Step 2: Create http farm

A farm or cluster is a collection of computer servers that provide server functionality increasing significantly its capability. Though we are using the terms farm and cluster as synonyms, there is a slight difference between them. When talking about a cluster, redundancy is implied, but when talking about a farm, there might or might not be any redundancy. In our case, as we will have a tolerant to failure configuration, we could talk about farm or cluster as synonyms.

This way, by setting up a farm of application servers, we will increase its performance and failure tolerant, which is essential for high availability. In order to achieve this go to LSLB->Farms->Create

Select a name and HTTP as profile. We select http profile because it is the best option for web services as we can provide content switching options under the same virtual IP and port.

Two more options will be displayed. Select the virtual IP created on step 1 and a port (in the example we choose 80, as it’s the default for HTTP protocol) and click on the Save button.

Step 3: Add the services

The main idea is to serve different applications from different applications servers from the same Virtual IP and port. So, once the farm has been created, we have to edit it in order to add new services. In our example, we will set up three services. One for each application server. Please click on the button edit farm.

Several details of the farm can be edited, in the example we are going to set the default values and the services.

In the screenshot above we have Added a service with service name “app1”.


As we will be accessing all three services through the same farm, we need to distinguish between these services. To do this, we can set a value for URL pattern. This field allows to determine a web service according to the URL the client is requesting through a specific URL pattern. In our example, we will type ^/app1.*, ^/app2.* and ^/app3.*. Click on Modify to apply changes.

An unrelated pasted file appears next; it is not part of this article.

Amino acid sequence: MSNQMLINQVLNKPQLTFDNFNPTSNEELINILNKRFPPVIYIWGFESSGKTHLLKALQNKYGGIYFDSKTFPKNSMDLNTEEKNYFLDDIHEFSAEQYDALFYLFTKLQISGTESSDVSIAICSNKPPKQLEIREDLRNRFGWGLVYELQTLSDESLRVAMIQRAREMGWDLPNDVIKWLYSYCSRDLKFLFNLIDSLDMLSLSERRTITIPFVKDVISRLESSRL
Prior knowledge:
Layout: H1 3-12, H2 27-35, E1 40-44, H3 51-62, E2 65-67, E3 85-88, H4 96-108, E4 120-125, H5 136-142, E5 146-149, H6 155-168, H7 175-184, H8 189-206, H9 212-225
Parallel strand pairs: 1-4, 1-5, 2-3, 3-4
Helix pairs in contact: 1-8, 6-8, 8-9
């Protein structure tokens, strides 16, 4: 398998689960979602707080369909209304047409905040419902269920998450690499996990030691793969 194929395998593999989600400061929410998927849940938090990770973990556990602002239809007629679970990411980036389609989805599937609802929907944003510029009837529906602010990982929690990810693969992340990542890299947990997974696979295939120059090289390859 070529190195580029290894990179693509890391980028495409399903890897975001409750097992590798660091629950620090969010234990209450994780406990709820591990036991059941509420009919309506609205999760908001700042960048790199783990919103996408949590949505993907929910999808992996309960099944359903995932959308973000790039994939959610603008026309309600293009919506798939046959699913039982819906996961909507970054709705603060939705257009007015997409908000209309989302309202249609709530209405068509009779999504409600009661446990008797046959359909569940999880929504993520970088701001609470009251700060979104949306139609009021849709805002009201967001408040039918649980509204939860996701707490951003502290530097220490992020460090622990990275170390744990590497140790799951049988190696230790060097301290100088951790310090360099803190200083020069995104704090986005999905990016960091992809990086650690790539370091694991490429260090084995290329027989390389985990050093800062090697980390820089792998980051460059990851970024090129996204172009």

Take into account that the backend must find the address http://[VIRTUAL_IP]:[PORT]/[YOUR_SERVICE] (in our example, in order to guarantee this, the context must be set up in your application. In our examples, we will set up the context /app1 for Tomcat, /app2 for Jboss and /app3 for IIS. The Context represents a web application that runs within a particular virtual host. In the particular case of IIS, contexts are referred as applications.

In this example, we have two backends servers per application. We select IP, port (default 8080 for Tomcat and JBoss, and 80 for IIS), timeout and weight and click on save backend button.

We want to avoid server commutation: if during our session we jump from one server to another, there will be efficiency, data and even communication loss. In order to avoid this the Persistence session must be configured. We will choose to maintain a session by session id, so this means that during a session, we will connect to only one server.

In the service global parameters we can now change the persistence session field to COOKIE: a certain cookie

Select JSESSIONID as persistence session identifier for Tomcat and Jboss and SessionID for IIS, then click on Update at the botton of the page.